Outraged Cestrians have slated the council for leaving parts of the iconic City Walls ‘propped’ up for years on end.

The Watergate Bridge has been hidden from public view under scaffolding and wooden hoarding since September 2012, after safety concerns forced council engineers to briefly close the bridge.

Now, two years after the historic bridge was first propped up for “essential maintenance” works, The Chronicle can exclusively reveal that it may not be restored until 2017.

Despite being regarded by many as a gateway to the city, regularly used by residents and tourists and seen by thousands of race goers every year, the money needed to fix the bridge is not due to appear in Cheshire West and Chester Council’s budget until 2016-2017.

Steve Howe, who runs guided tours and takes tourists around the city walls, said visitors were often ‘shocked’ and couldn’t understand why so much of the historic site was covered in scaffolding.

He said: “People come here for the Walls, they cannot believe they are covered in scaffolding, and are regularly closed.

“We have got to the stage were heritage is being put on hold for years on end. We should be living in a place that is proud of its heritage.

“It has to be given priority because that is what is bringing people to our city.

“We cannot have our City Walls covered in scaffolding – it is totally unacceptable.”


Champion of the Walls, David Pickering, who is planning a number of events in the city next year involving the walls, said the scaffolding was 'unacceptable'.

"If we are going to have these events here the scaffolding needs to be down by May next year," said Mr Pickering who is hoping to have a hundreds of people linking arms around the walls and said every part would need to be accessible and clear of scaffolding.

"They have a budget for repairs and need to look again."

The wooden hoarding that encases the bridge is now so old the council are planning to repaint the wood in a bid to improve the look of the bridge which has graffiti tags sprayed on the inside covering.

It is not clear how much it would cost to repair the bridge, but the authority say they hope to bring the cost forward into the 2015-16 budget, allowing the much awaited work to start next year.

But outraged history enthusiasts have slated CWaC for not making the historic walls a priority, as other parts of the ancient landmark remain closed off and covered in scaffolding after being ‘propped up’ earlier this year.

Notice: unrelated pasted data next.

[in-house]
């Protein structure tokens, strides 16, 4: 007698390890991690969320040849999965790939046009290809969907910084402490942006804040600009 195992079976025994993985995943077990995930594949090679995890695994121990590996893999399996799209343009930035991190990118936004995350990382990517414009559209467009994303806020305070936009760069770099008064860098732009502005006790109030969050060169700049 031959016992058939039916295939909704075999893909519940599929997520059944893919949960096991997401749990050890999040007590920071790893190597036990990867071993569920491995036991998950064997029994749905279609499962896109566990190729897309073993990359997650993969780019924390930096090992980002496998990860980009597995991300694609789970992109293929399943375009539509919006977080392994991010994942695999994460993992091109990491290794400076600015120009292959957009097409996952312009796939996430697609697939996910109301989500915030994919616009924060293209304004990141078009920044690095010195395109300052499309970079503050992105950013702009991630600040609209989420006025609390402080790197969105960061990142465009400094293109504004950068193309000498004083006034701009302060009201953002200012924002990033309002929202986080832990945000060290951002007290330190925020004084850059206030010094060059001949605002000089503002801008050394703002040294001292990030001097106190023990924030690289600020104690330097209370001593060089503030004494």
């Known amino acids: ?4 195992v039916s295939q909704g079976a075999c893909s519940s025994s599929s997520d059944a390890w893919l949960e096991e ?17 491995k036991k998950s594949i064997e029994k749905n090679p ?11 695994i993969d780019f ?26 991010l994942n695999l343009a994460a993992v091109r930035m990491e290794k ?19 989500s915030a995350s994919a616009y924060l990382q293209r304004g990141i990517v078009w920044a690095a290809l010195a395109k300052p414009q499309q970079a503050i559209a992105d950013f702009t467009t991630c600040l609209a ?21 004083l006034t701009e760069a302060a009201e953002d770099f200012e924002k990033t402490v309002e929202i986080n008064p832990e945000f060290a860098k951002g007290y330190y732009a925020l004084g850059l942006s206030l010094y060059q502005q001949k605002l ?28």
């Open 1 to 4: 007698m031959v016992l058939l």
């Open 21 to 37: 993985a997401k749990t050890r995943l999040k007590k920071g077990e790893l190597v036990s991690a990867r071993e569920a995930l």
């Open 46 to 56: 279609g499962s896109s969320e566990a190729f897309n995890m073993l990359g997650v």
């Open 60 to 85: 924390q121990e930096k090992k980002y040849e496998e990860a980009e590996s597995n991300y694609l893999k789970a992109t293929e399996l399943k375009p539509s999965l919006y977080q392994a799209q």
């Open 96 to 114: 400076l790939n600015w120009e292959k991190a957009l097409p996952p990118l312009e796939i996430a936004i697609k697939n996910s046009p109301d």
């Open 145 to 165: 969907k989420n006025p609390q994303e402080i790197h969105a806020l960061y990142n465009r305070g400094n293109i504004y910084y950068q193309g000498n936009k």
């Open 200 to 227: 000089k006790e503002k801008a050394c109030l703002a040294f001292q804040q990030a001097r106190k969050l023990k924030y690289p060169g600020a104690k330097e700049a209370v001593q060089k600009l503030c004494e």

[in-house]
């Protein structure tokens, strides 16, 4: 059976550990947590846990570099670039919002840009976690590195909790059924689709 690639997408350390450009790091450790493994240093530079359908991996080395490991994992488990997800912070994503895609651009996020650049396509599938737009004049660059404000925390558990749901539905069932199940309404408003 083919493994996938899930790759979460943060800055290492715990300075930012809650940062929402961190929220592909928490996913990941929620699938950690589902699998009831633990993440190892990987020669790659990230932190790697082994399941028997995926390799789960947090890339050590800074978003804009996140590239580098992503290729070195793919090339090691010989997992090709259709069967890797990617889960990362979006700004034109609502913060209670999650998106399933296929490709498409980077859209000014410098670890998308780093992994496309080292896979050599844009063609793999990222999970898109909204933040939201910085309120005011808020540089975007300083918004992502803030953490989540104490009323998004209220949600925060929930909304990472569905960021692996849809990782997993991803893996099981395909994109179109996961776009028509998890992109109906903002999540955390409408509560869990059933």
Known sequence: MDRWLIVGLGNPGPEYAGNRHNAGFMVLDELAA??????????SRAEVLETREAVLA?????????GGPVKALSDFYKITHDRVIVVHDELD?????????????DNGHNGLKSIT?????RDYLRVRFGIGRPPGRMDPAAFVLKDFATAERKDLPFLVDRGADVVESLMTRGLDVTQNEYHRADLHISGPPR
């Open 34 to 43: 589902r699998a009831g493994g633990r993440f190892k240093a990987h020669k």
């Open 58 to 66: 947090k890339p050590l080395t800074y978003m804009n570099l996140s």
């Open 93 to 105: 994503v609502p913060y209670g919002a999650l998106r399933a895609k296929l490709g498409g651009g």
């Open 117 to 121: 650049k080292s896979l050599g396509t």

In July the council closed entrances to the Roman Gardens and the access to the walls via the Recorder Steps after safety fears, while residents say Water Tower Street has been closed off for a number of years.

Work has begun on repairing the Recorder Steps, but history enthusiasts say that it is ‘shameful’ that the council are leaving parts of the city’s famous heritage in a state of disrepair for years on end.

The criticism comes just a month after the council was slated for the state of Dee House after plans to transform the building into a state-of-the-art tourist attraction fell through.

The bridge was originally closed to pedestrians for two weeks in September 2012 after it was discovered that parts of the masonry were moving and making the bridge lean outwards.

Since then Watergate Bridge has been supported by metal framework and wooden hoarding, allowing people to continue walking along the walls over the bridge.

A spokesperson for CWaC said: “I would stress when the issue was identified in 2012, we took action straight away to put in these wooden supports and allow the bridge to remain open and fully accessible to pedestrians.

“This is a temporary measure and will remain in place until work which we expect will be in the next financial year.

“We hope it will be in the budget of the next financial year, it was initially scheduled for 2016-17 financial year.”

The council earmarks £600,000 a year for the upkeep of the Walls, and say that since 2009 they have spent £3M repairing and maintaining the world renowned landmark.